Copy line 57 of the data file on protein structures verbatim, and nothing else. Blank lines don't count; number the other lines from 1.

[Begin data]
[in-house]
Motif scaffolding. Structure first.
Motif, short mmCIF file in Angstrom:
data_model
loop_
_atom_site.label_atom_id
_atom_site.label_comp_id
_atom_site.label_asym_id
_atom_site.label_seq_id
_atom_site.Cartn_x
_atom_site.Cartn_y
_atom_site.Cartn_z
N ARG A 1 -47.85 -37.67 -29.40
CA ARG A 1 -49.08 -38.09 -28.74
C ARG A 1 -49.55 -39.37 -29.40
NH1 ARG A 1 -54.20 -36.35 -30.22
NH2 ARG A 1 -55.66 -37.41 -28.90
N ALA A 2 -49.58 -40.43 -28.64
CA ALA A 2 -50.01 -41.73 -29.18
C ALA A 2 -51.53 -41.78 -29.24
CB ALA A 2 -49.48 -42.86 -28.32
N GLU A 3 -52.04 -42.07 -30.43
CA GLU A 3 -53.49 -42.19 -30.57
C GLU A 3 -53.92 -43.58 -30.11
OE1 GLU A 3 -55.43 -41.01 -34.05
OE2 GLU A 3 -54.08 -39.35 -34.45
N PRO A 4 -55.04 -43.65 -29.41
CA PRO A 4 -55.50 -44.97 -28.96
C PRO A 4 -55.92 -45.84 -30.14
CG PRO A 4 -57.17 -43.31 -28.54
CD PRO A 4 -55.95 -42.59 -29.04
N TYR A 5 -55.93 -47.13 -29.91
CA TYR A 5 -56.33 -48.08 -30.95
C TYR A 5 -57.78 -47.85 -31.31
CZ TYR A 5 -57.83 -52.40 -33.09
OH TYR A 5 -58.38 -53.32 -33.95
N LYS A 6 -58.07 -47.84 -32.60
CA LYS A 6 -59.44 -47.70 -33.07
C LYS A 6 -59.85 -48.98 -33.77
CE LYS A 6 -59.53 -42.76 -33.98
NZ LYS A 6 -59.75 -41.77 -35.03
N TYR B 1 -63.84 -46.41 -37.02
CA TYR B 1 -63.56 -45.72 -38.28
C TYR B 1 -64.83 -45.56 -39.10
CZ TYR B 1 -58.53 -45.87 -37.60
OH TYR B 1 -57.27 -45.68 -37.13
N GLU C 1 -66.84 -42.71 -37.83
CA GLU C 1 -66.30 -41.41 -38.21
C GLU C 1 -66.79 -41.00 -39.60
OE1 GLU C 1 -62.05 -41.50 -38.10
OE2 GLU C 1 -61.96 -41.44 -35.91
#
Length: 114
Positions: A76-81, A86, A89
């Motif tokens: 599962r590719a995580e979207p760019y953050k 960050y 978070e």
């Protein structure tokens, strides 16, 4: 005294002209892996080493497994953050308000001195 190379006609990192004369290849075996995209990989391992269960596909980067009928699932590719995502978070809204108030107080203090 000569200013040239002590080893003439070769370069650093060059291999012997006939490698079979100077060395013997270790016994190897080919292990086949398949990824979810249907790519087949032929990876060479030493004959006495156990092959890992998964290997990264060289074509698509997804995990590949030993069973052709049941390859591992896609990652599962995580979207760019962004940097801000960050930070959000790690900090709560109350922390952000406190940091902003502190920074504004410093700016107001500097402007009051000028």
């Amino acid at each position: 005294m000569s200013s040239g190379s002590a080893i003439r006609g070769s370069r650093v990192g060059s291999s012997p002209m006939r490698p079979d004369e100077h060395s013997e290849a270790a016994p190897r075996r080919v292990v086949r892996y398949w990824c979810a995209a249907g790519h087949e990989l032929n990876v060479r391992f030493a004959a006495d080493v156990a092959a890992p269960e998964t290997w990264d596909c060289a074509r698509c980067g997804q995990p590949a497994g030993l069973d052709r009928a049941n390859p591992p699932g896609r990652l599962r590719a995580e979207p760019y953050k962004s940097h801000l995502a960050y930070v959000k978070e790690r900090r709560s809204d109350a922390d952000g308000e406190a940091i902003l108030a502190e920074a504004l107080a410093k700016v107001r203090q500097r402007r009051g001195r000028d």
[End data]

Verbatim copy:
């Amino acid at each position: 005294m000569s200013s040239g190379s002590a080893i003439r006609g070769s370069r650093v990192g060059s291999s012997p002209m006939r490698p079979d004369e100077h060395s013997e290849a270790a016994p190897r075996r080919v292990v086949r892996y398949w990824c979810a995209a249907g790519h087949e990989l032929n990876v060479r391992f030493a004959a006495d080493v156990a092959a890992p269960e998964t290997w990264d596909c060289a074509r698509c980067g997804q995990p590949a497994g030993l069973d052709r009928a049941n390859p591992p699932g896609r990652l599962r590719a995580e979207p760019y953050k962004s940097h801000l995502a960050y930070v959000k978070e790690r900090r709560s809204d109350a922390d952000g308000e406190a940091i902003l108030a502190e920074a504004l107080a410093k700016v107001r203090q500097r402007r009051g001195r000028d």